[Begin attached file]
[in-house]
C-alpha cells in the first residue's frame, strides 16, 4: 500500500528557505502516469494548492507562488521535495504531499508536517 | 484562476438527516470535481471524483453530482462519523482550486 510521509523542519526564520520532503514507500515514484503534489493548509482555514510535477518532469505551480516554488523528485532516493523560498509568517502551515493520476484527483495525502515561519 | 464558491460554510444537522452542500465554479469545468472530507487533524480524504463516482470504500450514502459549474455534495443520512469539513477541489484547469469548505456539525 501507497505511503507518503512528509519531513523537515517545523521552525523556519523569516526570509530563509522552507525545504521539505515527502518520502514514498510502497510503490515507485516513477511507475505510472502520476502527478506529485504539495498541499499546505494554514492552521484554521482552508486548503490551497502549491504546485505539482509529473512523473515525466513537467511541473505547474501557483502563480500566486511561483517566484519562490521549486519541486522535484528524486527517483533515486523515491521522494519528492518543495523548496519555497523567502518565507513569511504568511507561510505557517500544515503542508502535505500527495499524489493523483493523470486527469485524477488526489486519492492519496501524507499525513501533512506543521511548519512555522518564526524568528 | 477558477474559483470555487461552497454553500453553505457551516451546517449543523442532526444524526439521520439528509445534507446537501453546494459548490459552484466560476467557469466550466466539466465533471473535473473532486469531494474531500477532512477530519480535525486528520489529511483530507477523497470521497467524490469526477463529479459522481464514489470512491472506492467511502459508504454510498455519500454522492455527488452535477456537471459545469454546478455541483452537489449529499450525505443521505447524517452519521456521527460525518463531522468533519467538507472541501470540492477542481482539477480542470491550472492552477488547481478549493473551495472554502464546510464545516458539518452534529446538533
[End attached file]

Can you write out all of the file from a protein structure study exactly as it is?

[in-house]
C-alpha cells in the first residue's frame, strides 16, 4: 500500500528557505502516469494548492507562488521535495504531499508536517 | 484562476438527516470535481471524483453530482462519523482550486 510521509523542519526564520520532503514507500515514484503534489493548509482555514510535477518532469505551480516554488523528485532516493523560498509568517502551515493520476484527483495525502515561519 | 464558491460554510444537522452542500465554479469545468472530507487533524480524504463516482470504500450514502459549474455534495443520512469539513477541489484547469469548505456539525 501507497505511503507518503512528509519531513523537515517545523521552525523556519523569516526570509530563509522552507525545504521539505515527502518520502514514498510502497510503490515507485516513477511507475505510472502520476502527478506529485504539495498541499499546505494554514492552521484554521482552508486548503490551497502549491504546485505539482509529473512523473515525466513537467511541473505547474501557483502563480500566486511561483517566484519562490521549486519541486522535484528524486527517483533515486523515491521522494519528492518543495523548496519555497523567502518565507513569511504568511507561510505557517500544515503542508502535505500527495499524489493523483493523470486527469485524477488526489486519492492519496501524507499525513501533512506543521511548519512555522518564526524568528 | 477558477474559483470555487461552497454553500453553505457551516451546517449543523442532526444524526439521520439528509445534507446537501453546494459548490459552484466560476467557469466550466466539466465533471473535473473532486469531494474531500477532512477530519480535525486528520489529511483530507477523497470521497467524490469526477463529479459522481464514489470512491472506492467511502459508504454510498455519500454522492455527488452535477456537471459545469454546478455541483452537489449529499450525505443521505447524517452519521456521527460525518463531522468533519467538507472541501470540492477542481482539477480542470491550472492552477488547481478549493473551495472554502464546510464545516458539518452534529446538533